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Zambian Public Debt Sustainability

Zambian Public Debt Sustainability

Zambian economic performance has been largely dependent on copper mining, particularly as a source of foreign exchange earnings[1]. Copper mining accounted for 77.4% of Zambia’s total export earnings in 2017 (2016: 66.2%)[2]. However, copper mining has a relatively small contribution to gross domestic product (GDP) and employment. Mining and quarrying contributed 13.2% of GDP in 2016 whilst employing only 58,007 people (1.7% of the Zambian labour force)[3]. Therefore, export earnings declined sharply and the ZMK depreciated significantly after copper prices declined by an annual average of 33.3% from 2014 to 2016[4]. As a result, the balance of trade declined from a surplus of USD 1.6 billion in 2014 to a deficit averaging -USD 30.7 million from 2015 to 2017[5]. In addition, foreign exchange reserves declined from USD 3.0 billion in 2015 to USD 2.2 billion in 2017; and the ZMK depreciated by an annual average of 10.7% over this period[6]. This resulted in rising public debt and deteriorated the external public debt position. Public debt increased to an annual average of ZMK 126.3 billion from 2015 to 2017 (2014: ZMK 59.5 billion)[7]. In 2018, public debt is projected to continue increasing to ZMK 164.8 billion (60.0% of GDP)[8].

At these levels, public debt is at the upper limits of 60.0% of GDP in terms of the SADC macroeconomic convergence criteria and the domestic public debt target of 60.0%[9]. In addition, Zambia is at moderate risk of public debt distress because debt servicing costs are projected to increase from ZMK 10.9 million (21.6% of government revenue) in 2018, to an annual average of ZMK 13.6 million (21.8% of government revenue) from 2019 to 2021[10]. However, international reserves are projected to increase from USD 2.6 billion (2.8 months’ import cover) in 2018, to an annual average of USD 3.3 billion (3.1 months’ import cover) over the same period[11].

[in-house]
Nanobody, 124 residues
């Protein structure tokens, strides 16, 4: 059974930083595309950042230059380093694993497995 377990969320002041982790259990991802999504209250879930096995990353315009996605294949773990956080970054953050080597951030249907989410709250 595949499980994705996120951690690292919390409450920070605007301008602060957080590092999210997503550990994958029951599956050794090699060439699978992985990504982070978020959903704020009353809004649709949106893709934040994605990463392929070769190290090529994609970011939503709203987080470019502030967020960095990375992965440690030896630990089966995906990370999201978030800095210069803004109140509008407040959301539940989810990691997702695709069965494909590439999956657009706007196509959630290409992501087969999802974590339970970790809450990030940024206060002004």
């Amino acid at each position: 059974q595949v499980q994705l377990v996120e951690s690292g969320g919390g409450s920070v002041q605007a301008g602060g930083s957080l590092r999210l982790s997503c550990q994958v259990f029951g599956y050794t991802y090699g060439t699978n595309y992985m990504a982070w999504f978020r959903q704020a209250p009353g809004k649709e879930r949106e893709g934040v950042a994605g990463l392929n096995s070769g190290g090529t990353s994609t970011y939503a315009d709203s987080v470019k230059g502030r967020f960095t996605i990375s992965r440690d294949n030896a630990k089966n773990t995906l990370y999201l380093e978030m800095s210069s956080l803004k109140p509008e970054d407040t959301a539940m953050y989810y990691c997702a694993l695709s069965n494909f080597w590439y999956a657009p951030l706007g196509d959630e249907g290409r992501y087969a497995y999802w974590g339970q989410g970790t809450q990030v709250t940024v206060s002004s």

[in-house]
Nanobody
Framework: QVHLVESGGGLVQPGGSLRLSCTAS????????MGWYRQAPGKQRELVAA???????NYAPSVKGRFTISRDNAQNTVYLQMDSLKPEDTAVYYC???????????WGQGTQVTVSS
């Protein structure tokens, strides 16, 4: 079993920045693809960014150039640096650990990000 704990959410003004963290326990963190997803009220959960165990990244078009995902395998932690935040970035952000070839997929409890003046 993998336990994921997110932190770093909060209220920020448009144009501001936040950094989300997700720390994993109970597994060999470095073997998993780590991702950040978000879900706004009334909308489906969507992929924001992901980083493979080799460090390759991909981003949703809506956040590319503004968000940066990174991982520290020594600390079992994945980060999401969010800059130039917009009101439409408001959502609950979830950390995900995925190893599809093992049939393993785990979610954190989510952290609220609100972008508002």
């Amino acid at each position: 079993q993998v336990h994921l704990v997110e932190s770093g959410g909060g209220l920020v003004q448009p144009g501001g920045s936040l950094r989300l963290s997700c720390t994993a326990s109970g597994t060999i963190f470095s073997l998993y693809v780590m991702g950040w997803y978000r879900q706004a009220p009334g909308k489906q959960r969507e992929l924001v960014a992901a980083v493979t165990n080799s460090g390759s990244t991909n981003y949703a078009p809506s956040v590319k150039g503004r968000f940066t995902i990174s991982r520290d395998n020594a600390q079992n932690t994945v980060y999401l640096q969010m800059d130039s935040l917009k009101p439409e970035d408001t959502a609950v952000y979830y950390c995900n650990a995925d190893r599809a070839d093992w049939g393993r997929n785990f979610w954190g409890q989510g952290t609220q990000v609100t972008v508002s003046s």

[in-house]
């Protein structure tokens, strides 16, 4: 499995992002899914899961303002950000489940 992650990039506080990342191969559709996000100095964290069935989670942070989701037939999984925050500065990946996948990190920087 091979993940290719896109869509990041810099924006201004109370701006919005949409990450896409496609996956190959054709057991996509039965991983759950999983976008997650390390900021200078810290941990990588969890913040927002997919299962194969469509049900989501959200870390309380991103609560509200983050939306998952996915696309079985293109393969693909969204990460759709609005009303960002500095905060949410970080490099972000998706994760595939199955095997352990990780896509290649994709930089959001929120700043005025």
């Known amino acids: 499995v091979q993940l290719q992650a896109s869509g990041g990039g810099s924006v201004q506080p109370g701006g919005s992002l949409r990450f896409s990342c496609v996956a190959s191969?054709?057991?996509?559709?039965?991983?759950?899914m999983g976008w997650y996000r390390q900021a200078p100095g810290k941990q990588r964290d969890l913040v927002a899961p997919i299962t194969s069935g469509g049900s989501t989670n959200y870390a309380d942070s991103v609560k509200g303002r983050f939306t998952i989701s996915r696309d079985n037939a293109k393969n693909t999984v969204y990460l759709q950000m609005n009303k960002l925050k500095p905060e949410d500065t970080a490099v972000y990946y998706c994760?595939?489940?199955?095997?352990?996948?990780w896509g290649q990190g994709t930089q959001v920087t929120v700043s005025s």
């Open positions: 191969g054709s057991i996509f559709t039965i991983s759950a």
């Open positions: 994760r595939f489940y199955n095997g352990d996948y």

Zambian Public Debt Sustainability
Overview of Zambian Public Debt Sustainability

 

The main sources of public debt in Zambia is correlated with domestic and foreign factors. The domestic component of Zambia’s public debt came largely from treasury bills and government bonds; infrastructure loans; borrowing from commercial banks through loans and advances; parastatals debts; and accumulation of arrears on statutory liabilities[12].  On the other hand, the foreign public debt component was a result of excessive non-concessional borrowing, mainly from multilateral and bilateral financial institutions, private bank, and export credit agencies[13]. Following the decline in world commodity prices by the end of 2014 and the sharp depreciation of the ZMK, the fiscal deficit of Zambia increased from ZMK 1.7 billion (4.7% of GDP) in 2014 to an average of ZMK 2.1 billion (3.4% of GDP) from 2015 to 2017[14]. As a result, public debt increased from 2.7% of GDP in 2014 to an average of 3.4% of GDP from 2015 to 2017. In the forward-looking medium-term, public debt is projected to continue increasing from 4.3% of GDP in 2018 to an annual average of 4.6% of GDP from 2019 to 2021[15].

Zambia’s total public debt is projected to rise gradually from 60.0% of GDP in 2018 to an average of 63.3% of GDP over the medium-term period from 2019 to 2021. At these levels, public debt is projected to exceed the SADC prudential limit. Nonetheless, public debt will remain at manageable levels over the long term. Zambia’s GDP growth rate has been above the real effective interest rate from 2015 to 2017[16]. From 2015 to 2017, Zambia’s GDP grew at an average rate of 3.4% compared to an average effective interest rate of 3.5%[17]. In 2018, GDP growth is projected at 4.5% compared to an effective interest rate of 2.7%[18]. Over the forward-looking medium-term from 2019 to 2021, GDP growth is projected to remain at an average of 4.5% whilst the effective interest rate decreases to an average of 2.5%[19]. This means that Zambia should continue “growing” out of its debt. In other words, the Zambian economy should generate enough returns to service public debt.